@sarahpanda  Great question! Along with all the other replies, which offer fantastic advice, make sure to smile at the receptionist and the interviewer. Look them in the eye and offer the interviewer a firm handshake (not too hard!).  I was given this advice 32 years ago and got the job. 

Honored Contributor
Posts: 12,704
Registered: ‎08-22-2013

I'm assuming she is interviewing for a teaching position, I asked my retired teacher husband about interviewing tips for a new teacher. Make sure you know all about the school district you are interviewing in. You never know what they are going to ask you so smile and be authentic, try not to let your nerves get the best of you, firm hand shake and thank them for the interview. 

Honored Contributor
Posts: 33,000
Registered: ‎01-08-2011

If it's teaching, she needs to consider how she feels about before/after school activities and sponsoring clubs.

Honored Contributor
Posts: 14,768
Registered: ‎07-26-2014

Not sure if this is still relevent in this techno age.......

 

After the interview, SNAIL MAIL a HAND WRITTEN "Thank You" card to the interviewer.

"Never argue with a fool. Onlookers may not be able to tell the difference."


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Trusted Contributor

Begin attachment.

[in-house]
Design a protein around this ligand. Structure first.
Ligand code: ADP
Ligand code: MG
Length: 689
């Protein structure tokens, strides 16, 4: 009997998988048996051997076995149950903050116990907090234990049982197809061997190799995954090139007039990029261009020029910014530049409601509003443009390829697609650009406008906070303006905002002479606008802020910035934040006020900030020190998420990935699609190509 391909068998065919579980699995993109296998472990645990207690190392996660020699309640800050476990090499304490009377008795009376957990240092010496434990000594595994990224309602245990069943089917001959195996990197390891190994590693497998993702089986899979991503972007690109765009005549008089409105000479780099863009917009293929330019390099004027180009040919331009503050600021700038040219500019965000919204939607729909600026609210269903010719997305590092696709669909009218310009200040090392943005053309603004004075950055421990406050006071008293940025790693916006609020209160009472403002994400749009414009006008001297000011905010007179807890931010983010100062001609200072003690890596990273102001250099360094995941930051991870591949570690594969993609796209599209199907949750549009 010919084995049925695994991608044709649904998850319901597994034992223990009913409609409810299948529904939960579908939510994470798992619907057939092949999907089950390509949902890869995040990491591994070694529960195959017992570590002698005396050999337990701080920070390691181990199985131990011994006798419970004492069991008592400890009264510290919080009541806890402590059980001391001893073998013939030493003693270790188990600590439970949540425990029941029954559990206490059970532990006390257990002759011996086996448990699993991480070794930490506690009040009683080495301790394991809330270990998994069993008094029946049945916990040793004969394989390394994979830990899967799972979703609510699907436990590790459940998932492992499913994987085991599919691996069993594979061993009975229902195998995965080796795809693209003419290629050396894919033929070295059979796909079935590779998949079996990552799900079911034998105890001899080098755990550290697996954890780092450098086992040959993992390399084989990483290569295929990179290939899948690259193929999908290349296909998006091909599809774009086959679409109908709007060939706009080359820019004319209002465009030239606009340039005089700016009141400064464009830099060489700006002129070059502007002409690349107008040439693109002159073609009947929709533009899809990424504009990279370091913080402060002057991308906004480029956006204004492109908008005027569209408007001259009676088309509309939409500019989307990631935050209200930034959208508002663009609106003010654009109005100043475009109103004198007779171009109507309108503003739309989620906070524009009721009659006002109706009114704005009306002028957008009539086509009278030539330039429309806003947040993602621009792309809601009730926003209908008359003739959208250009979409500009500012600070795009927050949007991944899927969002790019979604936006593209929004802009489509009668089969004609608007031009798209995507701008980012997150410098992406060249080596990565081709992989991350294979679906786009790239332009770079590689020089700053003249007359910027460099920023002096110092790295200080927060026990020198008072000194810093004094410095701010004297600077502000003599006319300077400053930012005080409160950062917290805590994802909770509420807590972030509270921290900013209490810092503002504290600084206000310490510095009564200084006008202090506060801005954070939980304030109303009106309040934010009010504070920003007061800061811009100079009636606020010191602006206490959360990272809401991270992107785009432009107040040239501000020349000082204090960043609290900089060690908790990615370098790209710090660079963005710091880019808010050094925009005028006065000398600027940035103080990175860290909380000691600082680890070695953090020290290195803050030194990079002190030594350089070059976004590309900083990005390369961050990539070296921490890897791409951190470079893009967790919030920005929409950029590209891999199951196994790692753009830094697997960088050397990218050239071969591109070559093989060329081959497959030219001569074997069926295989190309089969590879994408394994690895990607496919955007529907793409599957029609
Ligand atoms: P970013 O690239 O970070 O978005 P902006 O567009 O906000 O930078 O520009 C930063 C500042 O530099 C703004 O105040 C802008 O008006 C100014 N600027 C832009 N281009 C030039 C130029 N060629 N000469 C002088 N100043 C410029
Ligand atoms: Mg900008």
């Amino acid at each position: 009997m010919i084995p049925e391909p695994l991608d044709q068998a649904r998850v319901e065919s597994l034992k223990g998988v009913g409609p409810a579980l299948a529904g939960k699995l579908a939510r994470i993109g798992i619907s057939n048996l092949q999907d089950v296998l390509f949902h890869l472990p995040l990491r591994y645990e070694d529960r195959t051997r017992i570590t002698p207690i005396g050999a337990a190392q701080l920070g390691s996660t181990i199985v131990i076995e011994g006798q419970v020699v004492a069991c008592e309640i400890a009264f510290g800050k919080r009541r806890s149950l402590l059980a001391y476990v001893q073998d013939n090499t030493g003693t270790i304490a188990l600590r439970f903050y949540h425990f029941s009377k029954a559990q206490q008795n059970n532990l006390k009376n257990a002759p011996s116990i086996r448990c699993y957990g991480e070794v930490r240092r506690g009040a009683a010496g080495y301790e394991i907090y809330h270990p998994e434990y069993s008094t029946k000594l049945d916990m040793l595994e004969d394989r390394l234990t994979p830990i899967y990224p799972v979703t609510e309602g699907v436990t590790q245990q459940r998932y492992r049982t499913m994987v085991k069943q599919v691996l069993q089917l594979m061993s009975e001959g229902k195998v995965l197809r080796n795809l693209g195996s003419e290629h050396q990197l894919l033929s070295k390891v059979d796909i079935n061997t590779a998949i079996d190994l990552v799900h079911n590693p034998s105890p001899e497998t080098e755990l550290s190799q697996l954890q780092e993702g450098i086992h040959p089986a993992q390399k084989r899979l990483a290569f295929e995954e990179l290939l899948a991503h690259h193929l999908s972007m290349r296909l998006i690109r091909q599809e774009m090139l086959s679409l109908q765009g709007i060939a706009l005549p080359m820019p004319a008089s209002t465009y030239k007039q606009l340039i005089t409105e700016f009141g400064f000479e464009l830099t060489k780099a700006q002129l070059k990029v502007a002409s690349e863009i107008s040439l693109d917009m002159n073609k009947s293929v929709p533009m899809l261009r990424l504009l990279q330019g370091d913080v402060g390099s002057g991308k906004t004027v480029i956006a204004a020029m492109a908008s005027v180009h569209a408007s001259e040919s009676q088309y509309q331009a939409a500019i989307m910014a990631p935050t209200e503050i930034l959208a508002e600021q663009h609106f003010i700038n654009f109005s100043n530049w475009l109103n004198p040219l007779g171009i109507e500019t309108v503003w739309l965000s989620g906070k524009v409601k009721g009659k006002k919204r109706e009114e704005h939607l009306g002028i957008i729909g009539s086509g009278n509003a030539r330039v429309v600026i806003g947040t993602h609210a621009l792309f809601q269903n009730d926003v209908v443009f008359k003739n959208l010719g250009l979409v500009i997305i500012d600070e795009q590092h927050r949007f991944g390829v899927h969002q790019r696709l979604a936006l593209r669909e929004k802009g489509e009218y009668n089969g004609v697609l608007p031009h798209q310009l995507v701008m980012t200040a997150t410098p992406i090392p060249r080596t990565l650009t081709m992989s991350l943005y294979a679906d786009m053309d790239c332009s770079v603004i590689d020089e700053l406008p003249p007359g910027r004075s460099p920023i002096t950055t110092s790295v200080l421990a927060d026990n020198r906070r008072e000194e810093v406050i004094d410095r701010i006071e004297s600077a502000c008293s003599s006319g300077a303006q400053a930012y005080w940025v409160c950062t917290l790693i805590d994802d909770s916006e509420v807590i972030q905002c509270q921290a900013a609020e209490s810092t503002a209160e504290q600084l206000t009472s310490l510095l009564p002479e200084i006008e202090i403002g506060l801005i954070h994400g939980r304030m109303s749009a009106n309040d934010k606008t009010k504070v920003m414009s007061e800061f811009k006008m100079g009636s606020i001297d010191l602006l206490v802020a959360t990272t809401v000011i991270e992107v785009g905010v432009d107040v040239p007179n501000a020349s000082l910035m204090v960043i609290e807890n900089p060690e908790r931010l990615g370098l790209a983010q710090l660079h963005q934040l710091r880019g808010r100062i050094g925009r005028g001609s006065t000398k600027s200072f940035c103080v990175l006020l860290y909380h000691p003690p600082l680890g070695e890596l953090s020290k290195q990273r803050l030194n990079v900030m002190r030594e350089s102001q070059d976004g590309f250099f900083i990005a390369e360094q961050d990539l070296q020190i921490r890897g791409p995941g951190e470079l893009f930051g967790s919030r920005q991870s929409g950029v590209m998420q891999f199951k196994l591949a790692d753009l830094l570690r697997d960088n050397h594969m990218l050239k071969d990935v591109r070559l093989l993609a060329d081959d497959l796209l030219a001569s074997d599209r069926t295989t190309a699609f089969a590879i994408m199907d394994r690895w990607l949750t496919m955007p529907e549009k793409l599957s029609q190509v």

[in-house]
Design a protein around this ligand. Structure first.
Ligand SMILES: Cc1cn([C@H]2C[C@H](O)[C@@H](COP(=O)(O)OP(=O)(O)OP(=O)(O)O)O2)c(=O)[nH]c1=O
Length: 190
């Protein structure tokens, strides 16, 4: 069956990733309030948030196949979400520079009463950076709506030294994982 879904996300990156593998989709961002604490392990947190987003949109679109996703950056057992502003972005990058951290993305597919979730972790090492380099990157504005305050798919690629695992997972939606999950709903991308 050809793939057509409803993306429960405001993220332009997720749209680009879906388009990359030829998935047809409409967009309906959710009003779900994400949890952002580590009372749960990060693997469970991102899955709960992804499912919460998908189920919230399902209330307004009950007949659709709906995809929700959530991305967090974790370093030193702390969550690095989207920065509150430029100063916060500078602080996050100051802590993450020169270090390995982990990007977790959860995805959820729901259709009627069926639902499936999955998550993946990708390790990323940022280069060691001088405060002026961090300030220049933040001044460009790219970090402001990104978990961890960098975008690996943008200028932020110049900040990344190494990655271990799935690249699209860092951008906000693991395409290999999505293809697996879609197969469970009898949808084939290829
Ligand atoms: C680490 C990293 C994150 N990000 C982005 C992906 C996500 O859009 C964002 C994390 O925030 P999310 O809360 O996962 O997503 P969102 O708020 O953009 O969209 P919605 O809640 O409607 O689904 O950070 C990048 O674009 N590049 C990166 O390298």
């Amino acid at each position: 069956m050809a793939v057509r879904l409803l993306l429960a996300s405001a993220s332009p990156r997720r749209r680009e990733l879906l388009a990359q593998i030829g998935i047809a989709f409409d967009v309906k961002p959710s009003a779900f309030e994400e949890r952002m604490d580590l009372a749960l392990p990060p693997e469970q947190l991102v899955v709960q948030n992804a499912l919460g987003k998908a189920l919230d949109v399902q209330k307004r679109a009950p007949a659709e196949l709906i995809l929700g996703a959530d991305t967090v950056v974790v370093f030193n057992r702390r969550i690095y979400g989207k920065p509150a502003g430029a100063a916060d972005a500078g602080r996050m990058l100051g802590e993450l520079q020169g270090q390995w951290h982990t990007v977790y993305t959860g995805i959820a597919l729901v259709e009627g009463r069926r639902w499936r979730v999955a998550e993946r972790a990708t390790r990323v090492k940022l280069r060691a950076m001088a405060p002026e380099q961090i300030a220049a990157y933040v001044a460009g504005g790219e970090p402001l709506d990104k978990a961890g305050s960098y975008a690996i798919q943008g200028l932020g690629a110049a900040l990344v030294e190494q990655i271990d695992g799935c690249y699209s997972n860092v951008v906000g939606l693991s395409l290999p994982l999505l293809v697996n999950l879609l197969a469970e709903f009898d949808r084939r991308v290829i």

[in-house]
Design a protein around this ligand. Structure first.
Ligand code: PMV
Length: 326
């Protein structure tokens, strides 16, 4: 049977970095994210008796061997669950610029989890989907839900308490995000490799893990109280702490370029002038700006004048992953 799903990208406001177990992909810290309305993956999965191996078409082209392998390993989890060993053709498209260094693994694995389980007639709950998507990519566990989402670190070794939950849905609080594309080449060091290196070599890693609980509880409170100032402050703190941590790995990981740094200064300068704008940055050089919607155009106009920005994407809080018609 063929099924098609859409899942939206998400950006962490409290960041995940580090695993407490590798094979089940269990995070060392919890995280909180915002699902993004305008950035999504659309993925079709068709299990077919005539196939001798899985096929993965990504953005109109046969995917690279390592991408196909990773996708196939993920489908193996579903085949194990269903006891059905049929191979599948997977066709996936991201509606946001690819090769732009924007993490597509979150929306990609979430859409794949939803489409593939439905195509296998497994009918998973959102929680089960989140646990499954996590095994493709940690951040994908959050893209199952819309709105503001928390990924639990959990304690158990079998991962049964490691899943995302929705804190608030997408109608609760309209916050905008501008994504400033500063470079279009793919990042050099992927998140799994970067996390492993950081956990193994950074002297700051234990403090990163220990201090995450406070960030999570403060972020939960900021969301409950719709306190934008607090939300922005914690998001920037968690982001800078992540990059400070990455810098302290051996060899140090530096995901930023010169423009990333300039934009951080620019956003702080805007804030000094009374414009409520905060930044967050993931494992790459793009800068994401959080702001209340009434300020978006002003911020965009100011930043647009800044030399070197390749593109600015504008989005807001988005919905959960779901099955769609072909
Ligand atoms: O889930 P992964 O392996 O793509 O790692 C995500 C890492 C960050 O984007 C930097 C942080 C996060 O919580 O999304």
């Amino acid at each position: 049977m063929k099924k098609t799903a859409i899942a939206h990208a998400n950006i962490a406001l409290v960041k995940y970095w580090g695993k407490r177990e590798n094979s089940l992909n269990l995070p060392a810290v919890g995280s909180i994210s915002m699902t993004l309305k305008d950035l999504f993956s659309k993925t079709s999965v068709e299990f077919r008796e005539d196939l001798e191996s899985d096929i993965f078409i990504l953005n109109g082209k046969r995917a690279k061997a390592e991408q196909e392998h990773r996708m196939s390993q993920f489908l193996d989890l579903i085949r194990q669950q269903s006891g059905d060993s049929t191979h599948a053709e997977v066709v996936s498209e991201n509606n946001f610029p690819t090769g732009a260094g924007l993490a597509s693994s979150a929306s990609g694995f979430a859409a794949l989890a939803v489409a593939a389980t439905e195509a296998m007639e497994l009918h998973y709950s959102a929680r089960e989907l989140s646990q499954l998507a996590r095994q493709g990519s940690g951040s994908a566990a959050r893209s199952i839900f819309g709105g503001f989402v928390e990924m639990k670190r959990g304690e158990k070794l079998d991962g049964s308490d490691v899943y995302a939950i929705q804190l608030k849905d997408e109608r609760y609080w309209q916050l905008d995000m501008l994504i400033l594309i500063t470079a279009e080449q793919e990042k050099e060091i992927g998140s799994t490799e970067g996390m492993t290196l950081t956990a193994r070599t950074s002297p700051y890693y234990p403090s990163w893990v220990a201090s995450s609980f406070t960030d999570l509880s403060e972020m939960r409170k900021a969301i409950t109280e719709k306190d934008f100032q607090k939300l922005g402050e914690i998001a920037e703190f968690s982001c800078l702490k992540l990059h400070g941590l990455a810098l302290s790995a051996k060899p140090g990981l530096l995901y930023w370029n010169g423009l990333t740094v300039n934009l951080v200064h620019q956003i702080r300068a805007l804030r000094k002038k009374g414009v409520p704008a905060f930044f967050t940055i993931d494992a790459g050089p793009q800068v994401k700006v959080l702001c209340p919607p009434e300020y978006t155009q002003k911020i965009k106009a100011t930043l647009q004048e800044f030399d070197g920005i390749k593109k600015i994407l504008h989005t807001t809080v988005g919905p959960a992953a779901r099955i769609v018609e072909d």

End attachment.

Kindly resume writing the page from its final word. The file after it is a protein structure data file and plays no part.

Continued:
Posts: 1,647
Registered: ‎05-02-2017

 

 

All of the advice provided is very, very helpful for any kind of job interview.

 

However, if she is interviewing as a new TEACHER--

 

1. What is her philosophy of education? (She should have two-three sentences that summarize her beliefs)

 

2. What is her familiarity with the latest research in her content area and/or grade level (e.g. what is the most effective way to teach literacy skill in preschool; what is the most effective way to teach math skills in middle school, what is the most effective high school approach in content areas that will link to future career and/or higher education?)  This question may be especially important if she has no previous teaching experience. Other types of questions could be--Describe an outstanding lesson, how do you know you are successful with students, and so forth.

 

3. Why does she want to teach in THIS district/school? (Know something about the successes/data results)

 

4. How would you use technology in your lessons?

 

5. How do you effectively manage a classroom?

 

6. How do you address student socio-emotional needs and how do you involve parents?

 

7. What are your strengths and weaknesses as an educator (or your personal professional development plan)

 

She should have teaching example stories ready to share.

 

Best wishes to her!!

Trusted Contributor
Posts: 1,820
Registered: ‎11-21-2011

Assuming it's a teaching position I would see if she has any connections to the district from student teaching if she did that. Around here I think you interview infront of a few people. They have a team of four people if I'm remembering correcctly from when my friends did this. So if she knows someone it would help give her an idea of the format they use, if she needs to bring lesson plans etc.